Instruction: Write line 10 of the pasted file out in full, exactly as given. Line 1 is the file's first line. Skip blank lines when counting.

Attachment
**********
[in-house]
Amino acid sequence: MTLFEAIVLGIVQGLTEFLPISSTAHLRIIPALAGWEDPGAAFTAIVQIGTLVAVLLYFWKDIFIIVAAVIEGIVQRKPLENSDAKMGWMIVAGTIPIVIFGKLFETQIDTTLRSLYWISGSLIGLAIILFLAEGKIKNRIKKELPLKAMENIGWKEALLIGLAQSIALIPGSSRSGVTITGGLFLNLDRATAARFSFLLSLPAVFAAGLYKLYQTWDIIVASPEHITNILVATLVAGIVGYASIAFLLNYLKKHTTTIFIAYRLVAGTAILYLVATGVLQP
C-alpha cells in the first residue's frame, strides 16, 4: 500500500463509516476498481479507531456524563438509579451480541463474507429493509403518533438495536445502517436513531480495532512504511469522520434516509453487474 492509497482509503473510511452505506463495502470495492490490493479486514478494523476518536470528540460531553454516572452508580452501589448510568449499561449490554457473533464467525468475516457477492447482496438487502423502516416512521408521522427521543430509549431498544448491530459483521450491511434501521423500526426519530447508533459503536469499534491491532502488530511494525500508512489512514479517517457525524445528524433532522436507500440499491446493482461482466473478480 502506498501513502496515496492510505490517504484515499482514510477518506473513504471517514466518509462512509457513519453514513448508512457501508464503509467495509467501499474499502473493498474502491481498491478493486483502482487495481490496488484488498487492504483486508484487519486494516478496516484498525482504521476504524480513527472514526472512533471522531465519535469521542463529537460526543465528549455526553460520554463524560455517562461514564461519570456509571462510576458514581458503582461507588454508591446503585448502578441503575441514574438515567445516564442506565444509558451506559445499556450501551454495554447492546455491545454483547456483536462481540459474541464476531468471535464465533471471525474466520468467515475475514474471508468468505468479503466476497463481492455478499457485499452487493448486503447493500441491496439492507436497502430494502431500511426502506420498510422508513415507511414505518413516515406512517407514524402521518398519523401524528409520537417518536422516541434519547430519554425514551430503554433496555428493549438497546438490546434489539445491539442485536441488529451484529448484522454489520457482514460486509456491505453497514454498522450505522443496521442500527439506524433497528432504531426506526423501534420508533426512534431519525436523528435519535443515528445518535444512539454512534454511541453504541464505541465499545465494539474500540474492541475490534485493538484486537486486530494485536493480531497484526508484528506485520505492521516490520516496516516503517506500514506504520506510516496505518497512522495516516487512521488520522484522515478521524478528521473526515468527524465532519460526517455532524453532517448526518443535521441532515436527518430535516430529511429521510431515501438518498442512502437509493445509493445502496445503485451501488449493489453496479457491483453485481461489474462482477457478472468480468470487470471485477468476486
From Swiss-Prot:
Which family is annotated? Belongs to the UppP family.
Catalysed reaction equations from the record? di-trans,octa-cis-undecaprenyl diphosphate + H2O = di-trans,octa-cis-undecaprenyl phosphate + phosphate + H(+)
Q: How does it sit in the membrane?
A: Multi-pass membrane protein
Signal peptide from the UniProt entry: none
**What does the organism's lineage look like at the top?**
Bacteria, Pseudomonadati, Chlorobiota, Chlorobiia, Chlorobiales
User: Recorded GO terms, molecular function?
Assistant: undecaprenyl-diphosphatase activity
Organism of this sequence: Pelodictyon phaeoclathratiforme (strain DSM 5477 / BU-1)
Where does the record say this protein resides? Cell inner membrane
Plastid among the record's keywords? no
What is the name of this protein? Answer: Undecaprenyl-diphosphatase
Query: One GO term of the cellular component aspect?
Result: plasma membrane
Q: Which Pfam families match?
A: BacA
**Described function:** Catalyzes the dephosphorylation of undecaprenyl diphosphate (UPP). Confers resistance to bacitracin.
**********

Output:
**What does the organism's lineage look like at the top?**